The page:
Eventually boondocking snowbirds discovered this area with the slabs perfect to park on. And for many years it served as the winter home for many northerners escaping winter's fury. As well as free living hippies and other folks escaping a conventional life.

However, as with all areas that are occupied by many people with no controls, problems started to crop up. As no governing body would take responsibility for the area it has no services (electric, water, sewer, garbage disposal, etc) and is self governed with no law enforcement. The nearby police departments do not enter the area thus it is ruled by vigilante justice.

It is, at times, a scary place, so many snowbirds stopped returning and the rest moved away from the core area of the slabs and into the suburbs, so to speak. So now, as with many Canadian and American cities, the core has become run down and scattered with garbage. But there is a core group of interesting folks who are trying to "revitalize" the place - on their own terms.

As we drove into Slab City we passed an empty "Welcome Centre:
Lots of the garbage was collected by various people and turned into interesting pieces of art. I particularly liked this truck:
The folks at Salvation Mountain told us to go to the Internet Cafe and talk to Rob:
Internet Cafe
 The owner, Rob, was an interesting character who traded an old truck for the cafe. Rob does not sell coffee or internet service for money but barters for things that he needs. Including a lot of marijuana. He also has a donation box. Most of the tables and chairs are repurposed items and scattered around the property.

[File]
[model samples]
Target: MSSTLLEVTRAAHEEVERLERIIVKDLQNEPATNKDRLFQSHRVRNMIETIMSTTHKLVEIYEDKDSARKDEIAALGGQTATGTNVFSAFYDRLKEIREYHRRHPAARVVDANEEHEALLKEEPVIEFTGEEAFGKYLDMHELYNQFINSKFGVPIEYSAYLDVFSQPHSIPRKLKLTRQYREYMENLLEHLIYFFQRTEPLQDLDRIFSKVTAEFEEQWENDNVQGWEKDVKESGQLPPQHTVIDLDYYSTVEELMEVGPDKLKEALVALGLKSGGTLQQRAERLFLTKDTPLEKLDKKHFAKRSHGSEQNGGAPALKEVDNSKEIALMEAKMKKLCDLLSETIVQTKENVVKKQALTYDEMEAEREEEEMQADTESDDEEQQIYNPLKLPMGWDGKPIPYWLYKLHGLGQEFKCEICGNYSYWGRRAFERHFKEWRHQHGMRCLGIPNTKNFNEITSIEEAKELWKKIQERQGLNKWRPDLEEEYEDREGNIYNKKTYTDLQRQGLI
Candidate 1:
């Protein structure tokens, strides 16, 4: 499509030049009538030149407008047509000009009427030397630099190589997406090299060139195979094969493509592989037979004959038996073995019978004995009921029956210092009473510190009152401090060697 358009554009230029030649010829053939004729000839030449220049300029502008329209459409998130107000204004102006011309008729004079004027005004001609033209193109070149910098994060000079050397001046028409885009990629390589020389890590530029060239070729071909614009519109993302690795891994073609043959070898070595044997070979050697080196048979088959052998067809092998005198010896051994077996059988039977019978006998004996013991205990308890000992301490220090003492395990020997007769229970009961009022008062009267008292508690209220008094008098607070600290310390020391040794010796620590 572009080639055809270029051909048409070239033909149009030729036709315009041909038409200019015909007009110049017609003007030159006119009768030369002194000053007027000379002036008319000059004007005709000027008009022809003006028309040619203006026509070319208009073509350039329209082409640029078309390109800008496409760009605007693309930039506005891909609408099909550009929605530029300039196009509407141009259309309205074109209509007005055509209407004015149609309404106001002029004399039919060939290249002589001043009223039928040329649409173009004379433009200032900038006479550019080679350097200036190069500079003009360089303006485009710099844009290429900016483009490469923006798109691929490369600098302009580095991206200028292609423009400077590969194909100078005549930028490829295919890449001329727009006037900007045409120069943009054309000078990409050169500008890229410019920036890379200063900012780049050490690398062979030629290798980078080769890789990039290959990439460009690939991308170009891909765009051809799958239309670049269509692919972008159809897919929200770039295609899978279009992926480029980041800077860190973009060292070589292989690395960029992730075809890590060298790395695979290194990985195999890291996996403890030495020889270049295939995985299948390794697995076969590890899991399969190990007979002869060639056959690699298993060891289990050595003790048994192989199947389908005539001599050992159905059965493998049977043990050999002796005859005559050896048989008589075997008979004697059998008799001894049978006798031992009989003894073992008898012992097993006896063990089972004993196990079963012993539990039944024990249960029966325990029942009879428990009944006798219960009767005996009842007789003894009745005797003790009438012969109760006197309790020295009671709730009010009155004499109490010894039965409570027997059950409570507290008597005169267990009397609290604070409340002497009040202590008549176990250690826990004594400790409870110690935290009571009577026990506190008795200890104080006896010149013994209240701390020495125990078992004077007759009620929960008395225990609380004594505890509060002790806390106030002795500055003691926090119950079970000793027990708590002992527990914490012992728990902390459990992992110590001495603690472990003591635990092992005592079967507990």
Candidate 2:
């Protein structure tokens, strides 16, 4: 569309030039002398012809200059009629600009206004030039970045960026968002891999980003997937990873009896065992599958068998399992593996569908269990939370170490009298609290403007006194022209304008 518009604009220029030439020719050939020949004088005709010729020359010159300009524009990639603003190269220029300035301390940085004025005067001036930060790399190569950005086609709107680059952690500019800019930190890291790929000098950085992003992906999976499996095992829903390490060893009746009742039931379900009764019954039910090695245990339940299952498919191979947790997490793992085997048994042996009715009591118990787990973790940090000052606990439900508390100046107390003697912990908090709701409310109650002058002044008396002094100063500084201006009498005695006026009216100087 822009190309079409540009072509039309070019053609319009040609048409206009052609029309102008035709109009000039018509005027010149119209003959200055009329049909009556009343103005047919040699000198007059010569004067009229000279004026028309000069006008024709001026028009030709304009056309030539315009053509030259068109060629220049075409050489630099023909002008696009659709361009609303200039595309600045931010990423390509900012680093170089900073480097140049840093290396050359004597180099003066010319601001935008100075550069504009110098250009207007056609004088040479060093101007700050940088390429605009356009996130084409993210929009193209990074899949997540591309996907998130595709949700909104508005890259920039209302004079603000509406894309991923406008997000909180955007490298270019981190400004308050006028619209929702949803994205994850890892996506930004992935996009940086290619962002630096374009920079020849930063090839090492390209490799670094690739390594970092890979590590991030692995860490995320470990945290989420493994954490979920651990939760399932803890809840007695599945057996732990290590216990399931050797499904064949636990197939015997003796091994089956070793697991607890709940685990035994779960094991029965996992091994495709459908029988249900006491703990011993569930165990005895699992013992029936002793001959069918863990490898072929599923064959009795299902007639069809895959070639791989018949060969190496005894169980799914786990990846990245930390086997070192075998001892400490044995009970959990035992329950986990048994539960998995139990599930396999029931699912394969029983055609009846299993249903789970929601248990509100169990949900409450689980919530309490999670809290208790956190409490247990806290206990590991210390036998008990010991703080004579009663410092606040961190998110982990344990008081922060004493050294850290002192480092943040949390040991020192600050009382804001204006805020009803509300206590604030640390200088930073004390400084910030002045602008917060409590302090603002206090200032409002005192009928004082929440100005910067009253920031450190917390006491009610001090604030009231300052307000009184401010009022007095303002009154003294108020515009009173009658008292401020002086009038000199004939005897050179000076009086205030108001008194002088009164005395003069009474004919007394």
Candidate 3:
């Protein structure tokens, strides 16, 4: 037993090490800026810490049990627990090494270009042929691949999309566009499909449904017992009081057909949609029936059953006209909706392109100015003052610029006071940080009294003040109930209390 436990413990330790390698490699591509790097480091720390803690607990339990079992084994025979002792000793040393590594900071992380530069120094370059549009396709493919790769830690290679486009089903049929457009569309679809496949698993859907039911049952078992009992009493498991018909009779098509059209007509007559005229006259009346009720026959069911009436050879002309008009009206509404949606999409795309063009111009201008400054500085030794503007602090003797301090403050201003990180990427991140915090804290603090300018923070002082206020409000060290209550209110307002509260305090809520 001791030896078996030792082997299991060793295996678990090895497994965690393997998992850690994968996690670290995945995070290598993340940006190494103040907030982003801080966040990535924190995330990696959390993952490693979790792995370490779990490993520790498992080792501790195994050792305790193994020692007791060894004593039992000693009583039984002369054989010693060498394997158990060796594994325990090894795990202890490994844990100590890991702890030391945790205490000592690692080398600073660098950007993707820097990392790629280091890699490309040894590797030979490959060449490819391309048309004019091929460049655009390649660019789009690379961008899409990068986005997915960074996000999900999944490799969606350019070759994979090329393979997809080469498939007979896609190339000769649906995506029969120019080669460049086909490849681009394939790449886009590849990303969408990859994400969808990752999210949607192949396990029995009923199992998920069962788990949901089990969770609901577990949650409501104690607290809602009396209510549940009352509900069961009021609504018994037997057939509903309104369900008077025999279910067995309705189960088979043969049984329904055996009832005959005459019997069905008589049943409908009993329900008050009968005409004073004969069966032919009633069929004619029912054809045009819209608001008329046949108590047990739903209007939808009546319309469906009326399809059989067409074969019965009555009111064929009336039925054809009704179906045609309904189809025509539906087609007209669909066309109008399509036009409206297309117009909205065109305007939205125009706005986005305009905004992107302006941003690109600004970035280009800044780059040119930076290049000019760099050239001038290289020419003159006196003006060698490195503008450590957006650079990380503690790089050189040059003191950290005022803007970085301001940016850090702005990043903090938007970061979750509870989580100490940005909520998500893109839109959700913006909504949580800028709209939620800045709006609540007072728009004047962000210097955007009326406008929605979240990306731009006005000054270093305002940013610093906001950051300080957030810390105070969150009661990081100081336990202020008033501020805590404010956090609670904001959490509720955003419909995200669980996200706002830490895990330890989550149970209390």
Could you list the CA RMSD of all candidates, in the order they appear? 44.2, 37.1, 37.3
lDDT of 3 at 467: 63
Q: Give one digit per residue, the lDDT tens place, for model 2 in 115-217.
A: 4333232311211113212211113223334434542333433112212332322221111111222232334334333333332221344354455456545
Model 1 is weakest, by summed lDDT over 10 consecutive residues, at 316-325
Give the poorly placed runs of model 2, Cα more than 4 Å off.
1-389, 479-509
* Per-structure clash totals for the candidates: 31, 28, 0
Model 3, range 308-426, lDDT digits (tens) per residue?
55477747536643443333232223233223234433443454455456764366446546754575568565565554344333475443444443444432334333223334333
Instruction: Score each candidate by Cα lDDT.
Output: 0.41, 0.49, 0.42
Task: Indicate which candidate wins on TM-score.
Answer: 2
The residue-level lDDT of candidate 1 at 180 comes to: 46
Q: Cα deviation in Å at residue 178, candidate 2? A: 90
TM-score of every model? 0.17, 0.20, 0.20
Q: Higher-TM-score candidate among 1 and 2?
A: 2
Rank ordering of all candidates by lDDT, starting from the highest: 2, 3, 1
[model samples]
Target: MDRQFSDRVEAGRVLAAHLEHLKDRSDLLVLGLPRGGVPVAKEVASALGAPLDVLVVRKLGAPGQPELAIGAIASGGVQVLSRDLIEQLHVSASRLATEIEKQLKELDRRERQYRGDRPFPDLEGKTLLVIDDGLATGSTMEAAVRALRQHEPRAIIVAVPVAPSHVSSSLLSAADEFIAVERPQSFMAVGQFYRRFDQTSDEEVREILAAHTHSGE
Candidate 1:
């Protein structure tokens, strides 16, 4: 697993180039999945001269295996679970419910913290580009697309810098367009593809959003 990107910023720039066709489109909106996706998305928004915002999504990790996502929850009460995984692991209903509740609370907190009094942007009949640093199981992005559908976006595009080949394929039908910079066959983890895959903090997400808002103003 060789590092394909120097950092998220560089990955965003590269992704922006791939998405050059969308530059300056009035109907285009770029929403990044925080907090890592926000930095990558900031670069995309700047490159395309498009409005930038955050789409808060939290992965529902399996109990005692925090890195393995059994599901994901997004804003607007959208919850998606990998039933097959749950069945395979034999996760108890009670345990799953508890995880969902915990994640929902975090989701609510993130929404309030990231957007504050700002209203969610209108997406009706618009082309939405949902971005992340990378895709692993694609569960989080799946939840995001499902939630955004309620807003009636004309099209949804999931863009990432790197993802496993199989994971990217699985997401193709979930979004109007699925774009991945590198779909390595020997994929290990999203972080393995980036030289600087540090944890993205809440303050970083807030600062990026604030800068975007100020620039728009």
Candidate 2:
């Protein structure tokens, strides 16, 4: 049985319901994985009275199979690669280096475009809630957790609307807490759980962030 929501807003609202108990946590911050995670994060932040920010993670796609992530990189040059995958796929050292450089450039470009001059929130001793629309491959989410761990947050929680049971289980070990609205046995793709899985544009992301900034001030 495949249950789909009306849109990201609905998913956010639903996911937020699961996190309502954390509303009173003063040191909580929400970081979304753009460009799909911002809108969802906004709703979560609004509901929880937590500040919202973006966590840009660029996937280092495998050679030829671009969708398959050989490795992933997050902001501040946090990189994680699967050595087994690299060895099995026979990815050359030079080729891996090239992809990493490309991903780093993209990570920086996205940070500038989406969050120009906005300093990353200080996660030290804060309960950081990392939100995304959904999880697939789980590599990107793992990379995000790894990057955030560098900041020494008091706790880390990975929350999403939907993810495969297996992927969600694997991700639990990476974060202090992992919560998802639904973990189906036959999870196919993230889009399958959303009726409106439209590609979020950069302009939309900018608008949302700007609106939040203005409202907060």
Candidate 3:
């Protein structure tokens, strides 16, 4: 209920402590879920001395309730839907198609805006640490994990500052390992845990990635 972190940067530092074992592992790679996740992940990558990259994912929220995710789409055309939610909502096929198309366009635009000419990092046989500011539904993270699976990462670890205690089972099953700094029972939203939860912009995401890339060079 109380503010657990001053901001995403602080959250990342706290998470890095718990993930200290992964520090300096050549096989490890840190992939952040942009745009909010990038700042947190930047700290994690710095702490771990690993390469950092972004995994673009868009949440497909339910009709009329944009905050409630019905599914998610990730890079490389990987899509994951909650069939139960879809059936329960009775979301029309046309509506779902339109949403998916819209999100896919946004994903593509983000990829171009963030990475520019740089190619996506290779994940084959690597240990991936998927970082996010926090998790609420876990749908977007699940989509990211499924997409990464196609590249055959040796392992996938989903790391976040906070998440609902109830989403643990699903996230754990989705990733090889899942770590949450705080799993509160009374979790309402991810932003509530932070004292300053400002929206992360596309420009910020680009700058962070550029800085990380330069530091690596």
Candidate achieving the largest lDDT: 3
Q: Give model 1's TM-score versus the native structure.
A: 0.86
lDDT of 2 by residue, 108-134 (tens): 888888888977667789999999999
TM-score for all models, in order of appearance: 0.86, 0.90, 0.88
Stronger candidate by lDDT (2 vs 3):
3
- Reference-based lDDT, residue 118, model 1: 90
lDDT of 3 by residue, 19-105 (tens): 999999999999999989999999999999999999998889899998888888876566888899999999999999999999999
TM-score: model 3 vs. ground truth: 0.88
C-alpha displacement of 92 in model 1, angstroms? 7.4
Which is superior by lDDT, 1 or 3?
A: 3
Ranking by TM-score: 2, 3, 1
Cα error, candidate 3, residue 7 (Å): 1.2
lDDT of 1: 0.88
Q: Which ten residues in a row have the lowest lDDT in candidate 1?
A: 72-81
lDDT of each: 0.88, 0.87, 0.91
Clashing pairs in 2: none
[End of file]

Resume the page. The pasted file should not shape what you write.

As we were leaving the cafe we bumped into a woman - Hazel- from Halifax. She saw out car licence plate. She lives next door to the cafe and dedicates her time to arranging for the many free-running dogs and cats to be spayed and neutered. She has an arrangement with a local vet to do the work for a very low price, which she funds by collecting cans and bottles. And, she also has a donation box. Once a month, she picks up the animals from their owners, takes them to the vet to be spayed or neutered and returns them to the owners that night. It is a good thing she does on two levels - firstly she removes a lot of garbage by collecting cans and bottles and secondly she is helping control the pet population.

After wishing Hazel good luck and good by we drove around Slab City having a look at the various establishments and home sites.
Night Club - lost of recycled items make up their patio
Artistic home 

Another home using recycled materials. Creative too.
In the suburbs - solar panels, awnings, etc. 
And as we were leaving I couldn't resist photographing this sign:
Slab City speed control
We did not stay in Slab City. Not because we were fearful but because boondocking in the desert is just not our thing. Much to dirty and we like our electricity.

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Sunday, March 23, 2014

Salvation Mountain

A visit to Salvation Mountain in south eastern California was a big bucket list item for us. And our first stop when we left Yuma headed towards the Pacific Coast.

As we arrived, after a drive through California's Imperial Valley agriculture area and a long stretch through the desert, we were greeted by this sign: